“On Bullsh*t”

July 12, 2008 at 6:58 am | Posted in Nonfiction, Philosophy | Leave a comment

(November 29, 2007)

A hardbound book by a college professor entitled On Bullsh*t?  Complete with footnotes, references to Wittgenstein and St. Augustine, and the word ‘procrustean’?  Is it my birthday?

On Bullsh*t, written by Harry G. Frankfurt, Professor of Philosophy Emeritus at Princeton University, was published in 2005.  I find the book ironic because its presentation suggests a joke book, yet its message is fairly hard-hitting.  It starts out with an attempt to define BS and asks why there is so much of it, and 60 pages later we find ourselves at a major crossroads of moral philosophy.

What is the difference between BS and lying?  A lie requires the intent to deceive, whether the actual statement is true or not.  For example, if you beat on my motel room door and ask to speak to your husband, and I say, “He’s not here,” I am lying – even if, unbeknownst to me, he just snuck out the bathroom window.  A lie has to do with facts.  BS, on the other hand (eww), is a different story.

Frankfurt begins his exploration by comparing BS with humbug.  He suggests that there is a spectrum of truths and untruths, with several shades between that are not honest but not precisely lies, either.  Humbug has to do with a misrepresentation of truth for the purpose of influencing what others think of you.  It may not involve lying at all, even though it is an intentional manipulation of perception for the benefit of one’s ego.

BS also exists somewhere on the truth continuum.  Unlike humbug, it is not always motivated by pretentiousness.  Rather, it is defined by a sense of sloppiness, getting away with something, and not bothering with accuracy.  BS is not false as much as it is fake or phony – not necessarily inferior in quality to “the real thing,” but trying to pass itself off as such.  BS is very close in definition to “hot air.”  As a task, BS involves anything that is more concerned with tradition, reputation, or ceremony than utility, i.e. TPS Reports or what is commonly known as a “dog and pony show.”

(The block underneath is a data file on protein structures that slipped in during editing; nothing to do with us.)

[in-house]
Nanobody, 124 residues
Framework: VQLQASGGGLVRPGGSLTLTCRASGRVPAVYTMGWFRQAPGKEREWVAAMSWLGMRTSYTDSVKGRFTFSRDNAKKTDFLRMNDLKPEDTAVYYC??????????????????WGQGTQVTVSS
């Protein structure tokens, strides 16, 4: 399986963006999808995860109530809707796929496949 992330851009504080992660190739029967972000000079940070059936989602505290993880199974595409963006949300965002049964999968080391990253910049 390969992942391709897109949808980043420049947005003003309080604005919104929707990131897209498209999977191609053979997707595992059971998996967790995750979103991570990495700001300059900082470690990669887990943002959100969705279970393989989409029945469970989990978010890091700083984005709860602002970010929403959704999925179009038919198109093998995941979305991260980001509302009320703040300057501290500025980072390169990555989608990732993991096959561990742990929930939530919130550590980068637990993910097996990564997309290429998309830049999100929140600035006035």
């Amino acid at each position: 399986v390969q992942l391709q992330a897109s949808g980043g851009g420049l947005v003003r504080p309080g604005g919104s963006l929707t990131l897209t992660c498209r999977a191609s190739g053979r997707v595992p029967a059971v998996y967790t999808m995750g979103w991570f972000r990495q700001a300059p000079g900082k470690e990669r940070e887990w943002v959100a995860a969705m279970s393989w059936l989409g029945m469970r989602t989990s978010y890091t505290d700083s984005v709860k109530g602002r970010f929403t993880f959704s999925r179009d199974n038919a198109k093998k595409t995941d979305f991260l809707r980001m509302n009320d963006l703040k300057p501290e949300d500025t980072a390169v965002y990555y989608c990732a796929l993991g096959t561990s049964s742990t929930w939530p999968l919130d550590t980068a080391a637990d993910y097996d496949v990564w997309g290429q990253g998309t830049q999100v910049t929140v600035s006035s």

The attitude toward BS tends to be more benign than toward lying.  Frankfurt says lying is “more austere and rigorous” because it requires strict attention to specific details and a regard for whether something is true or false.  BS, in contrast, is totally unconcerned with any truth value.  As such, BS makes a person unfit to tell the truth.

Here we come to the crux of the discussion.  Frankfurt says, “[BS] is a greater enemy of the truth than lies are.”  It comes from any occasion when a person has to speak extensively about matters concerning which he is ignorant.  Or, more clearly, “[BS] is unavoidable whenever circumstances require someone to talk without knowing what he is talking about.”  (This is especially true whenever someone starts tossing out statistics – at least, 97 percent of the time).  Why do people spew BS all the time?  Frankfurt says we feel we have a responsibility, as conscious moral agents, to evaluate events and conditions and to have opinions about everything.  We are concerned with being true to ourselves, not to the facts.  In conclusion, “sincerity itself is [BS]” because our natures are “elusively insubstantial.”

I had a teacher in high school – for AP US History – who used to mark up our papers with great attention.  He would write, sometimes across an entire page, “Be Specific.”  It was frustrating, but it inculcated a greater discipline and focus.  I shudder to think how my blog postings would be evaluated in academe.  Perhaps “BS” really should stand for “Blog-o-Sphere.”

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